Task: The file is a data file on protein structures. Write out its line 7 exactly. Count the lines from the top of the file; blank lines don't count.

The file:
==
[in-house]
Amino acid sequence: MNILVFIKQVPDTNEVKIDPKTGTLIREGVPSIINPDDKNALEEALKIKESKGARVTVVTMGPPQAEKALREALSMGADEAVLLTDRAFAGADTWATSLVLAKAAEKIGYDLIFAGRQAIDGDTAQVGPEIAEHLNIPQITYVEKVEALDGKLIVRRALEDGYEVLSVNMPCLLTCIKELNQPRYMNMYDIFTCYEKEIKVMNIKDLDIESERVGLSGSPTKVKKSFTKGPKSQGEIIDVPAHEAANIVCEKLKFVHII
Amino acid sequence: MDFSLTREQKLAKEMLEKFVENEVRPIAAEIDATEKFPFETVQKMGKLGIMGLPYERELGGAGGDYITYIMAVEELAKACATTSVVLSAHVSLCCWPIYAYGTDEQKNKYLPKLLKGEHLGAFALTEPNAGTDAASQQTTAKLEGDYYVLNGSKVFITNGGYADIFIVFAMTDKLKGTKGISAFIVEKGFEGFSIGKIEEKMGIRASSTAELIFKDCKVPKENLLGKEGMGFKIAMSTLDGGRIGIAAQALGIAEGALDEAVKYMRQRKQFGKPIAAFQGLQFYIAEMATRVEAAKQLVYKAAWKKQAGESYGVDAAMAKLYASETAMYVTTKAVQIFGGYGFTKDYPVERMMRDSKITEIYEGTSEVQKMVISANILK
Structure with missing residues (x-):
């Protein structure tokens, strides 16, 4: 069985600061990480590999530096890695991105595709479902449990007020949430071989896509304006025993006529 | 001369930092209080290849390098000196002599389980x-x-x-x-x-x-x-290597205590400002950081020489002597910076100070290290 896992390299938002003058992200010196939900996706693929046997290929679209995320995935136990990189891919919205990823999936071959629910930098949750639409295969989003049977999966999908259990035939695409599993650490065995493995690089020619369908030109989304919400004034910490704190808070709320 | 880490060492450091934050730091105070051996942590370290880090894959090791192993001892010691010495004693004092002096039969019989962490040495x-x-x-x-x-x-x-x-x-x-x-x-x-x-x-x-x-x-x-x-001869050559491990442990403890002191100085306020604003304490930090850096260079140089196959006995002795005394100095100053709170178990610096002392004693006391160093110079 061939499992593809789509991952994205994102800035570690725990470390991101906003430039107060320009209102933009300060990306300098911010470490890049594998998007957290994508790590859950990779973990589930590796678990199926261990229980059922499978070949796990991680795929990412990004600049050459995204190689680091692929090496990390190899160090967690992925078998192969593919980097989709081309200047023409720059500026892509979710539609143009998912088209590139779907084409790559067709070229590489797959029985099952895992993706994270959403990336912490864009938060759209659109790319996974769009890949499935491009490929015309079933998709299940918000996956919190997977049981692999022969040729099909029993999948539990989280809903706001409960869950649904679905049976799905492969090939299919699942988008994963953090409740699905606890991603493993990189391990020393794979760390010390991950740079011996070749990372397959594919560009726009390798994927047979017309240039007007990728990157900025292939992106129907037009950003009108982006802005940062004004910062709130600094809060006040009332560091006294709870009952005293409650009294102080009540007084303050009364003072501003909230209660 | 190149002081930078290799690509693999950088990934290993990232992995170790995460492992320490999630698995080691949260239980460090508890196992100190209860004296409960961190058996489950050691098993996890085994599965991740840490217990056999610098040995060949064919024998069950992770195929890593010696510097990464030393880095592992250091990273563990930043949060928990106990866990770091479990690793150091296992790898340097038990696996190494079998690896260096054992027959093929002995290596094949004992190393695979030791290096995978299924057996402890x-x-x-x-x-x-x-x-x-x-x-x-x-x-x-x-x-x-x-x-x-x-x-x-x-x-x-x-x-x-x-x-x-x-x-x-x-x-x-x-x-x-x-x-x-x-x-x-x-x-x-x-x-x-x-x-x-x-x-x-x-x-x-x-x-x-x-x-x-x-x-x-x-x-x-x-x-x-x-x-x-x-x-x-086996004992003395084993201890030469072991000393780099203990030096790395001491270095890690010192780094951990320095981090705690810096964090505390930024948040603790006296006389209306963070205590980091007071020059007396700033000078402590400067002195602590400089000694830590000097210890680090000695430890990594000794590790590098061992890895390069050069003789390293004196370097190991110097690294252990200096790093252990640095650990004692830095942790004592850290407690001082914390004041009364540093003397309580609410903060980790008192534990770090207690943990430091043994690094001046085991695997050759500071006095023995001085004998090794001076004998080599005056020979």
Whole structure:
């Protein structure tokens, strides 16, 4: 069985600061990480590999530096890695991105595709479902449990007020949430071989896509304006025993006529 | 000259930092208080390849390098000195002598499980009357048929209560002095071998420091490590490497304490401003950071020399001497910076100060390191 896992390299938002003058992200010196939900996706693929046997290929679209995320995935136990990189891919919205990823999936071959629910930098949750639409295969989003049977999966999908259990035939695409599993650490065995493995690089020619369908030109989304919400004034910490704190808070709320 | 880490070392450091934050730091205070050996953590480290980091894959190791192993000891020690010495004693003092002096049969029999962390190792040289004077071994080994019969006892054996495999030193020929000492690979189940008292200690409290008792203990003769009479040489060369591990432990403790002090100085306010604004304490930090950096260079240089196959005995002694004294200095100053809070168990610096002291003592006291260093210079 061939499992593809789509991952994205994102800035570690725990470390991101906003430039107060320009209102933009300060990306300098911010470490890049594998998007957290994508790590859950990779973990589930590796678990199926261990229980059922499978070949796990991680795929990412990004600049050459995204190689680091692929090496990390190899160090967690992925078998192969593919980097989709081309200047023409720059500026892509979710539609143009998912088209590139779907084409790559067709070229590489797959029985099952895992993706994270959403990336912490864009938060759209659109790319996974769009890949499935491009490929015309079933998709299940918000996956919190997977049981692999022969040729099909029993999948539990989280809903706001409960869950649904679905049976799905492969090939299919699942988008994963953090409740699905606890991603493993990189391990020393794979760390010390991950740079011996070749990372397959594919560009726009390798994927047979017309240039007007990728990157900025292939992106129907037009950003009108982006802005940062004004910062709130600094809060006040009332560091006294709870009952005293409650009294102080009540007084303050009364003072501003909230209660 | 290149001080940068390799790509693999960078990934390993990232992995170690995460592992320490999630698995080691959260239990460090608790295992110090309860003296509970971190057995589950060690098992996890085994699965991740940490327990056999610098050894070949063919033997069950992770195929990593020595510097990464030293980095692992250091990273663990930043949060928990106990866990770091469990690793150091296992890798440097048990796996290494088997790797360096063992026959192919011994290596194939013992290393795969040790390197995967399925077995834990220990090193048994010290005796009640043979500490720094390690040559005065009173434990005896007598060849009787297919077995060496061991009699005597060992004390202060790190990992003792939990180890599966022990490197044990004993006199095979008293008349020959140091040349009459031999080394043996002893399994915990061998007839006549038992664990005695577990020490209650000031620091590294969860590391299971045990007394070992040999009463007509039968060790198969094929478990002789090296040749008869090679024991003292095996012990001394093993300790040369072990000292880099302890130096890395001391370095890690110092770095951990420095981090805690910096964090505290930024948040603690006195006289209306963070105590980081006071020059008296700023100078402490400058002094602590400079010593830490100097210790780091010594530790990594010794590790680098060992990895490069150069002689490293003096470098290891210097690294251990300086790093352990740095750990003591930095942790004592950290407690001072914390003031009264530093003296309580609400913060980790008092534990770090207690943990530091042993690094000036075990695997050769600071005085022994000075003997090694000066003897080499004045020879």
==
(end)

């Protein structure tokens, strides 16, 4: 069985600061990480590999530096890695991105595709479902449990007020949430071989896509304006025993006529 | 000259930092208080390849390098000195002598499980009357048929209560002095071998420091490590490497304490401003950071020399001497910076100060390191 896992390299938002003058992200010196939900996706693929046997290929679209995320995935136990990189891919919205990823999936071959629910930098949750639409295969989003049977999966999908259990035939695409599993650490065995493995690089020619369908030109989304919400004034910490704190808070709320 | 880490070392450091934050730091205070050996953590480290980091894959190791192993000891020690010495004693003092002096049969029999962390190792040289004077071994080994019969006892054996495999030193020929000492690979189940008292200690409290008792203990003769009479040489060369591990432990403790002090100085306010604004304490930090950096260079240089196959005995002694004294200095100053809070168990610096002291003592006291260093210079 061939499992593809789509991952994205994102800035570690725990470390991101906003430039107060320009209102933009300060990306300098911010470490890049594998998007957290994508790590859950990779973990589930590796678990199926261990229980059922499978070949796990991680795929990412990004600049050459995204190689680091692929090496990390190899160090967690992925078998192969593919980097989709081309200047023409720059500026892509979710539609143009998912088209590139779907084409790559067709070229590489797959029985099952895992993706994270959403990336912490864009938060759209659109790319996974769009890949499935491009490929015309079933998709299940918000996956919190997977049981692999022969040729099909029993999948539990989280809903706001409960869950649904679905049976799905492969090939299919699942988008994963953090409740699905606890991603493993990189391990020393794979760390010390991950740079011996070749990372397959594919560009726009390798994927047979017309240039007007990728990157900025292939992106129907037009950003009108982006802005940062004004910062709130600094809060006040009332560091006294709870009952005293409650009294102080009540007084303050009364003072501003909230209660 | 290149001080940068390799790509693999960078990934390993990232992995170690995460592992320490999630698995080691959260239990460090608790295992110090309860003296509970971190057995589950060690098992996890085994699965991740940490327990056999610098050894070949063919033997069950992770195929990593020595510097990464030293980095692992250091990273663990930043949060928990106990866990770091469990690793150091296992890798440097048990796996290494088997790797360096063992026959192919011994290596194939013992290393795969040790390197995967399925077995834990220990090193048994010290005796009640043979500490720094390690040559005065009173434990005896007598060849009787297919077995060496061991009699005597060992004390202060790190990992003792939990180890599966022990490197044990004993006199095979008293008349020959140091040349009459031999080394043996002893399994915990061998007839006549038992664990005695577990020490209650000031620091590294969860590391299971045990007394070992040999009463007509039968060790198969094929478990002789090296040749008869090679024991003292095996012990001394093993300790040369072990000292880099302890130096890395001391370095890690110092770095951990420095981090805690910096964090505290930024948040603690006195006289209306963070105590980081006071020059008296700023100078402490400058002094602590400079010593830490100097210790780091010594530790990594010794590790680098060992990895490069150069002689490293003096470098290891210097690294251990300086790093352990740095750990003591930095942790004592950290407690001072914390003031009264530093003296309580609400913060980790008092534990770090207690943990530091042993690094000036075990695997050769600071005085022994000075003997090694000066003897080499004045020879």